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September 10th, 2013 3:40 pm
Obama’s Peculiar Habit of Persuading Americans… to Oppose His Position
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It’s a particularly strange dynamic for an attorney and politician, given those professions’ reliance upon the art of persuasion.  But the more Barack Obama talks, the more he seems to dissuade rather than persuade.  Recall the signature act of his presidency to date, ObamaCare.  The more Obama has attempted to sell it both before and after its enactment, the less popular it has become.

Today, we’re witnessing that same lack of persuasive skill with regard to the question of military intervention in Syria.  According to an NBC News/Wall Street Journal survey released this morning, public opinion on intervention has reversed in the past two weeks, from 50% to 44% in favor to 51% to 44% opposed:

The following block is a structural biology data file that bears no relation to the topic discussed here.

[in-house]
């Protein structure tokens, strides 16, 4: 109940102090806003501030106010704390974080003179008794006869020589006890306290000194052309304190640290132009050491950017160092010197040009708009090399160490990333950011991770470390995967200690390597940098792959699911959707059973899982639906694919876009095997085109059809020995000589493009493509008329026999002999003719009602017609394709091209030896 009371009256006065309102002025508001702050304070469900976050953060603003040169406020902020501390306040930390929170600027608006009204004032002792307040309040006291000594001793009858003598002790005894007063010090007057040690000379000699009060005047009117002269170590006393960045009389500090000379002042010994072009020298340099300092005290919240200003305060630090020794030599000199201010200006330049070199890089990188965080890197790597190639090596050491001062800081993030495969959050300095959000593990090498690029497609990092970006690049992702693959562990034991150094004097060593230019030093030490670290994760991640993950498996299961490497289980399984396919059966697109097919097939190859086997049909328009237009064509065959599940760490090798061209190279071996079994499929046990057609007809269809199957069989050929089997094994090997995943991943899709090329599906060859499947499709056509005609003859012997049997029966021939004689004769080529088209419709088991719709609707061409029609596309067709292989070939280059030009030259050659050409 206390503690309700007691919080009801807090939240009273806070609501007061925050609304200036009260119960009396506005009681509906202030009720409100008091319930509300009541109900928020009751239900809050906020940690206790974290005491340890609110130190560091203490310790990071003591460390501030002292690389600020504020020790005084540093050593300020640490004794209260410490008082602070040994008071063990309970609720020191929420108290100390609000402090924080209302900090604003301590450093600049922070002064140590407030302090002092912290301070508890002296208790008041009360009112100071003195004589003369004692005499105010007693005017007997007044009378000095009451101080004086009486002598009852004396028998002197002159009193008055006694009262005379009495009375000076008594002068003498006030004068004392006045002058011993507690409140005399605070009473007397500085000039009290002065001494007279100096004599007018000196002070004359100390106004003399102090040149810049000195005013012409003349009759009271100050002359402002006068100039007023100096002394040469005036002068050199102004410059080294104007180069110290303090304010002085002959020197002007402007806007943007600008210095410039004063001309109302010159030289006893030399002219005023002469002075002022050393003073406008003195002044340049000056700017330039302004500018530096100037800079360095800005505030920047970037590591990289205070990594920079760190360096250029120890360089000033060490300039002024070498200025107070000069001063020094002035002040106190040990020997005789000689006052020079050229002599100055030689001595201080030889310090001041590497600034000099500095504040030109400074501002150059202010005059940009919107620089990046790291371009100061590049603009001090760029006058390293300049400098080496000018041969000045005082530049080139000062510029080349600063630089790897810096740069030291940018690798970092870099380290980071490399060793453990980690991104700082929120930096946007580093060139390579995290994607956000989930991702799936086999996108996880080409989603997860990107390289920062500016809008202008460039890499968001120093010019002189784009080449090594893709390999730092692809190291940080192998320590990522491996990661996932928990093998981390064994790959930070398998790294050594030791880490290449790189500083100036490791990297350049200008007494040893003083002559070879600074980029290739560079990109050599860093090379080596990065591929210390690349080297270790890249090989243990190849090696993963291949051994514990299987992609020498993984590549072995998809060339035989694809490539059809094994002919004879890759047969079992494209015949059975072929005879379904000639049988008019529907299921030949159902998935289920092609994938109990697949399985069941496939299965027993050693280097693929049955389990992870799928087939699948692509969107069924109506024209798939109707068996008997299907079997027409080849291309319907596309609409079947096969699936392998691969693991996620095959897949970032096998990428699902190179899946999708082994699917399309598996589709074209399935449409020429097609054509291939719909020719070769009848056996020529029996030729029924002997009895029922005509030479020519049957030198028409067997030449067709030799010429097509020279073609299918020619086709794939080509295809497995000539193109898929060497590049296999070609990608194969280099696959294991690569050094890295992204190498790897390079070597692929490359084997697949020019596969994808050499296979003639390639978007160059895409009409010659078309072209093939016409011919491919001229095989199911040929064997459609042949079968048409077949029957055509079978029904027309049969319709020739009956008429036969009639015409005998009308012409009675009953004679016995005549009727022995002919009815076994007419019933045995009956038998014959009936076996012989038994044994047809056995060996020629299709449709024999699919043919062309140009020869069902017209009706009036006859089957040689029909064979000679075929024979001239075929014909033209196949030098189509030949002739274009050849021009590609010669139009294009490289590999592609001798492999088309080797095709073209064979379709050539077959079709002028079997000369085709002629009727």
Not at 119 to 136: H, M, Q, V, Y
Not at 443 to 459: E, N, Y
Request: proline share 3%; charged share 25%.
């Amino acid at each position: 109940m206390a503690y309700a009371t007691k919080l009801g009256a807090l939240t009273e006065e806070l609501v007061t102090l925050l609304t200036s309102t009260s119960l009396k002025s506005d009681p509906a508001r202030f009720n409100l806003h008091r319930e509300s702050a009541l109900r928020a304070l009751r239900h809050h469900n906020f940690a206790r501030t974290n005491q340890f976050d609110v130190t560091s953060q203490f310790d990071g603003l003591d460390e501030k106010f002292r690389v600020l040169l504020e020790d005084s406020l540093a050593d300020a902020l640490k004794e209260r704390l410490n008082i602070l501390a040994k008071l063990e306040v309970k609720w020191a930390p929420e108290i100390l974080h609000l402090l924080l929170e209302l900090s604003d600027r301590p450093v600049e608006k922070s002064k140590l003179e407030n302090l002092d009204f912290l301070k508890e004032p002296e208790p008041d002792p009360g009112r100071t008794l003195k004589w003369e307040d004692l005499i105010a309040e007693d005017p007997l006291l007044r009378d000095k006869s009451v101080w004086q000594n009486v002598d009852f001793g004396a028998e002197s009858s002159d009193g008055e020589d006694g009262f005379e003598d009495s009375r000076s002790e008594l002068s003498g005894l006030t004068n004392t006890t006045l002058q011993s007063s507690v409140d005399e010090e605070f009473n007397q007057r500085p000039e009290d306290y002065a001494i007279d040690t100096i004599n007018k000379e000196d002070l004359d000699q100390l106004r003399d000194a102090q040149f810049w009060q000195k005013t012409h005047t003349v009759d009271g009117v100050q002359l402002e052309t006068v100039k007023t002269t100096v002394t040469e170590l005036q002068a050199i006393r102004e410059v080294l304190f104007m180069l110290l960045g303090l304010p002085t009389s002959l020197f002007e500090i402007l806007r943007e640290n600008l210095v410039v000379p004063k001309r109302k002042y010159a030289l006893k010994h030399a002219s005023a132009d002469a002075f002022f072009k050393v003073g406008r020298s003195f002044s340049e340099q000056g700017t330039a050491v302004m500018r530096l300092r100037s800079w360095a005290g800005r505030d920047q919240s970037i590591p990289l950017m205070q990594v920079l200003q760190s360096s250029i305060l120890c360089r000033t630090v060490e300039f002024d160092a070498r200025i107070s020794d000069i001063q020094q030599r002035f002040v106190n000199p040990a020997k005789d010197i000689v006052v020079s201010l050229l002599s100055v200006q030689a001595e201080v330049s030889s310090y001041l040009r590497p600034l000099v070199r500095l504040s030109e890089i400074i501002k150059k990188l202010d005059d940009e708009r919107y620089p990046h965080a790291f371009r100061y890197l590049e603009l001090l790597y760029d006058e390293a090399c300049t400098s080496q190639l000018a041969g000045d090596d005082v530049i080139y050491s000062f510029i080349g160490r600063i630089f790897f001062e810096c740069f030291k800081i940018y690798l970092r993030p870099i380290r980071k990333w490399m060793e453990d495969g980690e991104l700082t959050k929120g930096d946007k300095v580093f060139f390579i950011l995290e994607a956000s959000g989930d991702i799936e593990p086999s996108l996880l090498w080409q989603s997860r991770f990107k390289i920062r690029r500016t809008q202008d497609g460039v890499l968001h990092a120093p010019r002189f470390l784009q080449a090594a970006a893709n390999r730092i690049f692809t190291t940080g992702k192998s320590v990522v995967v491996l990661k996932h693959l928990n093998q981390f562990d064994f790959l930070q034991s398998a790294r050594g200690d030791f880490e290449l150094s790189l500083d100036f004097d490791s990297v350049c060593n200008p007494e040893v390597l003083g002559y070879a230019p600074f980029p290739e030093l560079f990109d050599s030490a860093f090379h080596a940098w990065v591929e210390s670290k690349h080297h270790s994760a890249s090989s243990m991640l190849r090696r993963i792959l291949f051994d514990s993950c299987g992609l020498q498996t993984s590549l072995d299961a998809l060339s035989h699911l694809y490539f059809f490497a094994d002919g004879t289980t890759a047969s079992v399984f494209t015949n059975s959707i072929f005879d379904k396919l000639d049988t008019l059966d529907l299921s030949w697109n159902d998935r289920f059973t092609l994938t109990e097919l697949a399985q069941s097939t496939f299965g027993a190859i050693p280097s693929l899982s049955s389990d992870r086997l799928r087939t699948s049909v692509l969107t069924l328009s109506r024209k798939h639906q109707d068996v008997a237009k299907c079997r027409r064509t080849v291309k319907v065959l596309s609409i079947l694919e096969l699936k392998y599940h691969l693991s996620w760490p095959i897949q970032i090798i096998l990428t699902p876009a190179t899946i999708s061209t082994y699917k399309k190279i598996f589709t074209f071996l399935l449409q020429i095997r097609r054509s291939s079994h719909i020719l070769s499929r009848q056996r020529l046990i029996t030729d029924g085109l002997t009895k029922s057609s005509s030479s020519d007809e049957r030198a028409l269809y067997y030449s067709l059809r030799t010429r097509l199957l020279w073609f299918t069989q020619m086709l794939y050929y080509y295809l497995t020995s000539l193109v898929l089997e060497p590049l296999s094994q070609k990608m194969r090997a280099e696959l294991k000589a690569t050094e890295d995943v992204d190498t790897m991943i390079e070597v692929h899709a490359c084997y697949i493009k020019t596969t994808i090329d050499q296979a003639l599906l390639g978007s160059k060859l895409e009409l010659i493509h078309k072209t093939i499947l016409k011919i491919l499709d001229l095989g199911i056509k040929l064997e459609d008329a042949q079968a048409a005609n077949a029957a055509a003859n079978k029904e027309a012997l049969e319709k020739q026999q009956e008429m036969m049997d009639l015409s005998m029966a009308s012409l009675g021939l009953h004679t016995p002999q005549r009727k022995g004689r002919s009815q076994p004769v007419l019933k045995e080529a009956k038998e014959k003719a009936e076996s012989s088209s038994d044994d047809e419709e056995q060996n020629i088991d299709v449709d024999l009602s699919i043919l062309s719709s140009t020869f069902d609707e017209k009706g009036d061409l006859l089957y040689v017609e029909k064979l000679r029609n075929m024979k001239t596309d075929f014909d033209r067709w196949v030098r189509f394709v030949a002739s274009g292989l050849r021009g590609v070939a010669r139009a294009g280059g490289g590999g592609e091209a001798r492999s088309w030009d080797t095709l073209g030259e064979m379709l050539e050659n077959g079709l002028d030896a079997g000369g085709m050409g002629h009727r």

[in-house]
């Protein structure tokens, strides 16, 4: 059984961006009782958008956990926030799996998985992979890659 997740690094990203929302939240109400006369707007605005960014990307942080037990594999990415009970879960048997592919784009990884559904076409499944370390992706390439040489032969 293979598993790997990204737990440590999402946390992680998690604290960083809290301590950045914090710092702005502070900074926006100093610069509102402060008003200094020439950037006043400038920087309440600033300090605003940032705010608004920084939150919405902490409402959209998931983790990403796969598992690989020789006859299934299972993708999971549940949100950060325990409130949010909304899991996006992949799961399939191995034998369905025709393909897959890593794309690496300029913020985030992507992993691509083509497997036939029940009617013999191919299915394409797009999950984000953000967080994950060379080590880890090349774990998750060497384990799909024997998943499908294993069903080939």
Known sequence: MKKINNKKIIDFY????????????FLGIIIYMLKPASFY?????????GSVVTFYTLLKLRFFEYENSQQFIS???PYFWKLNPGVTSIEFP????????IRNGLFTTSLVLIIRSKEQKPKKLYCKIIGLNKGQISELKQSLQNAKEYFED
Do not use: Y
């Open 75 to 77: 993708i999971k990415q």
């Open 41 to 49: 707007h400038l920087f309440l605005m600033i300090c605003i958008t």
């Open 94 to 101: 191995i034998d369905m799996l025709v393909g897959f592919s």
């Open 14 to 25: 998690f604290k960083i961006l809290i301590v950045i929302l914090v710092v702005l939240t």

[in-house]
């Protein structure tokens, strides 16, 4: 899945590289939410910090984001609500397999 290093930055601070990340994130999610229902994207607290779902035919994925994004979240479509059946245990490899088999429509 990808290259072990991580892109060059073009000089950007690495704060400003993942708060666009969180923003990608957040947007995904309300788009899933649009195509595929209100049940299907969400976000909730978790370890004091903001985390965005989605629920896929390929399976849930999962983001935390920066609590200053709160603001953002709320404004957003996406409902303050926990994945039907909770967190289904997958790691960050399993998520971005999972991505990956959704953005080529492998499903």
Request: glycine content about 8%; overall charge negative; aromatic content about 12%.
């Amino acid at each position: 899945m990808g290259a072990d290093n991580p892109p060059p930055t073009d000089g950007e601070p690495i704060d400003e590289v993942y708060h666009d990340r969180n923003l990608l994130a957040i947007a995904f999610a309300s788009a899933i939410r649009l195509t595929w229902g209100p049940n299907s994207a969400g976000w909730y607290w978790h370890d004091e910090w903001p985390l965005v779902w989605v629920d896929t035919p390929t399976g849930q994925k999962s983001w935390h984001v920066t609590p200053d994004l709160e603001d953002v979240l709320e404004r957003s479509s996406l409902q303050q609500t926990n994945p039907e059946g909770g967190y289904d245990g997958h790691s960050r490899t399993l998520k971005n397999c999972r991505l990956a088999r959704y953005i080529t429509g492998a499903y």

At the end of August, and NBC News poll found that half of Americans backed a limited set of airstrikes to destroy Syrian military units in response to an alleged government-directed gas attack that killed more than 1,400 civilians.  In less than two weeks since then, support for a limited attack dropped to 44%, the new poll found.  ‘As the public hears more information, they are coming down on the side of ‘don’t do it,” said Bill McInturff, a Republican pollster who conducted the survey with Democratic pollsters Fred Yang and Peter Hart.”

I was asked yesterday on Cam & Company on NRA News whether Obama can recover politically from his current debacle.  Given his performance to date in the art of persuasion, that prospect certainly doesn’t appear likely.

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